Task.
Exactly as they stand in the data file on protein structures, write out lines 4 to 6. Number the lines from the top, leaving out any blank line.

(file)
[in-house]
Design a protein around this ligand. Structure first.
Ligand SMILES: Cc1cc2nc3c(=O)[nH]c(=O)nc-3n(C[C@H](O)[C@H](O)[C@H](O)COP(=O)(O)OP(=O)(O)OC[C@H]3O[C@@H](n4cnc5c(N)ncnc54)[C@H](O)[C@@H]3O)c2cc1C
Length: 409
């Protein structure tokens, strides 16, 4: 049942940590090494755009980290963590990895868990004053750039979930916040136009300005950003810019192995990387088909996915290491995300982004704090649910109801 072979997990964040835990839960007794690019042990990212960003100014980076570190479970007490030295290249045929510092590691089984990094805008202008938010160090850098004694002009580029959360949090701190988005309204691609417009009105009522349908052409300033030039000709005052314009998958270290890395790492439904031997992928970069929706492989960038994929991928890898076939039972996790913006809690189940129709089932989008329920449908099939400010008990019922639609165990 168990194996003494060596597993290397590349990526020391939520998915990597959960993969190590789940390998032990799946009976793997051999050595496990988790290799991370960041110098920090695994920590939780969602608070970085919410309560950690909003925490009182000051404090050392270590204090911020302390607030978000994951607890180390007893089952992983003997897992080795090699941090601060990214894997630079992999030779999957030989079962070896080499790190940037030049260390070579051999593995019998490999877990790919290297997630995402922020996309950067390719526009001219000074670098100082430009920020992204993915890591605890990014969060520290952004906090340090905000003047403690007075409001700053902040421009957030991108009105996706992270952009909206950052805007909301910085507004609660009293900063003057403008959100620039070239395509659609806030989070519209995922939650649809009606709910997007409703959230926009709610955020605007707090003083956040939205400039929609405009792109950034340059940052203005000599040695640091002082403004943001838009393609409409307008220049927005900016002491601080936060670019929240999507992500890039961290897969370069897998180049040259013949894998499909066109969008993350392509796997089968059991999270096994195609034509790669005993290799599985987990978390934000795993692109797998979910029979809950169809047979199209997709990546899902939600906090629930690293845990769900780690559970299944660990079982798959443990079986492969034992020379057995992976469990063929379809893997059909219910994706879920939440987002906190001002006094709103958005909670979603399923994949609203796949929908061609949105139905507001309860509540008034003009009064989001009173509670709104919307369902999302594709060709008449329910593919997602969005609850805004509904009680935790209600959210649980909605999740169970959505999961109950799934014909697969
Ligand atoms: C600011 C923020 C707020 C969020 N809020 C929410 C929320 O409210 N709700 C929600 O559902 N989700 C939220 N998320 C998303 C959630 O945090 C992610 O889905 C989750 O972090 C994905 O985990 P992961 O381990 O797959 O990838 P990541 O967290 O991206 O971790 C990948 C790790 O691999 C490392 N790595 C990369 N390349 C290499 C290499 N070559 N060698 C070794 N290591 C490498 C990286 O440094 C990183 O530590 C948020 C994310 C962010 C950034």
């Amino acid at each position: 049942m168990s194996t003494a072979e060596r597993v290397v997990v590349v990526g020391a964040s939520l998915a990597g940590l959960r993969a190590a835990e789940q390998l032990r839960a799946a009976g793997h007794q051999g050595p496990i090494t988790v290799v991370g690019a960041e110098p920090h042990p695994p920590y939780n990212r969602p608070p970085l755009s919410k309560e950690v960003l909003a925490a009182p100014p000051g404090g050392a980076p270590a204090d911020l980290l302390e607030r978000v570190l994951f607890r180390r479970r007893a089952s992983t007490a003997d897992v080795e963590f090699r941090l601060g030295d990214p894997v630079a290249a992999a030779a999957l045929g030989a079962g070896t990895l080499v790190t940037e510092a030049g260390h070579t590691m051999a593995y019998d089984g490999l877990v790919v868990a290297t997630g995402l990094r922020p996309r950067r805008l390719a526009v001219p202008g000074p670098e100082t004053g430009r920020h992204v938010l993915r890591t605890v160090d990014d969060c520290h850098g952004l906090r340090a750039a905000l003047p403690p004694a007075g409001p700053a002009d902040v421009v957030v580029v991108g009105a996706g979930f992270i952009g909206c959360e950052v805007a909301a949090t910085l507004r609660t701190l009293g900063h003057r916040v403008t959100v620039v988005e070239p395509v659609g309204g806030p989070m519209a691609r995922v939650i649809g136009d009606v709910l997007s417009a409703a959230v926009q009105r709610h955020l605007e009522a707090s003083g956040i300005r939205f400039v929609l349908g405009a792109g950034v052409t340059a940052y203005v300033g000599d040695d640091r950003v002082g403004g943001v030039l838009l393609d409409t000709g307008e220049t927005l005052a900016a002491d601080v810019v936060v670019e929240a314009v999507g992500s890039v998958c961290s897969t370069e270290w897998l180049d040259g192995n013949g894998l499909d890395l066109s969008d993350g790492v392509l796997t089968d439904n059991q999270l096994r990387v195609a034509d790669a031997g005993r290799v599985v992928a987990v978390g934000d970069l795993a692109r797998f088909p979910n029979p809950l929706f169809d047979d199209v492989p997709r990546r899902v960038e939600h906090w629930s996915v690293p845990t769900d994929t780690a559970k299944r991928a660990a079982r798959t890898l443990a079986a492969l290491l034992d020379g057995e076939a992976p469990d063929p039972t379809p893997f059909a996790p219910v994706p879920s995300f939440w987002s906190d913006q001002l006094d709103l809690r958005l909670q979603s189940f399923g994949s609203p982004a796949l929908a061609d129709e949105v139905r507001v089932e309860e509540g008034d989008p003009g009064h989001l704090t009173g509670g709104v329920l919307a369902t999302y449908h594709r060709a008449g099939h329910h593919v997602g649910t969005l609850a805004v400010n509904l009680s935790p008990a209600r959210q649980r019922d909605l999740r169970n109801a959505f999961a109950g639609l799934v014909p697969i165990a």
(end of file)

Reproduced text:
Length: 409
């Protein structure tokens, strides 16, 4: 049942940590090494755009980290963590990895868990004053750039979930916040136009300005950003810019192995990387088909996915290491995300982004704090649910109801 072979997990964040835990839960007794690019042990990212960003100014980076570190479970007490030295290249045929510092590691089984990094805008202008938010160090850098004694002009580029959360949090701190988005309204691609417009009105009522349908052409300033030039000709005052314009998958270290890395790492439904031997992928970069929706492989960038994929991928890898076939039972996790913006809690189940129709089932989008329920449908099939400010008990019922639609165990 168990194996003494060596597993290397590349990526020391939520998915990597959960993969190590789940390998032990799946009976793997051999050595496990988790290799991370960041110098920090695994920590939780969602608070970085919410309560950690909003925490009182000051404090050392270590204090911020302390607030978000994951607890180390007893089952992983003997897992080795090699941090601060990214894997630079992999030779999957030989079962070896080499790190940037030049260390070579051999593995019998490999877990790919290297997630995402922020996309950067390719526009001219000074670098100082430009920020992204993915890591605890990014969060520290952004906090340090905000003047403690007075409001700053902040421009957030991108009105996706992270952009909206950052805007909301910085507004609660009293900063003057403008959100620039070239395509659609806030989070519209995922939650649809009606709910997007409703959230926009709610955020605007707090003083956040939205400039929609405009792109950034340059940052203005000599040695640091002082403004943001838009393609409409307008220049927005900016002491601080936060670019929240999507992500890039961290897969370069897998180049040259013949894998499909066109969008993350392509796997089968059991999270096994195609034509790669005993290799599985987990978390934000795993692109797998979910029979809950169809047979199209997709990546899902939600906090629930690293845990769900780690559970299944660990079982798959443990079986492969034992020379057995992976469990063929379809893997059909219910994706879920939440987002906190001002006094709103958005909670979603399923994949609203796949929908061609949105139905507001309860509540008034003009009064989001009173509670709104919307369902999302594709060709008449329910593919997602969005609850805004509904009680935790209600959210649980909605999740169970959505999961109950799934014909697969
Ligand atoms: C600011 C923020 C707020 C969020 N809020 C929410 C929320 O409210 N709700 C929600 O559902 N989700 C939220 N998320 C998303 C959630 O945090 C992610 O889905 C989750 O972090 C994905 O985990 P992961 O381990 O797959 O990838 P990541 O967290 O991206 O971790 C990948 C790790 O691999 C490392 N790595 C990369 N390349 C290499 C290499 N070559 N060698 C070794 N290591 C490498 C990286 O440094 C990183 O530590 C948020 C994310 C962010 C950034």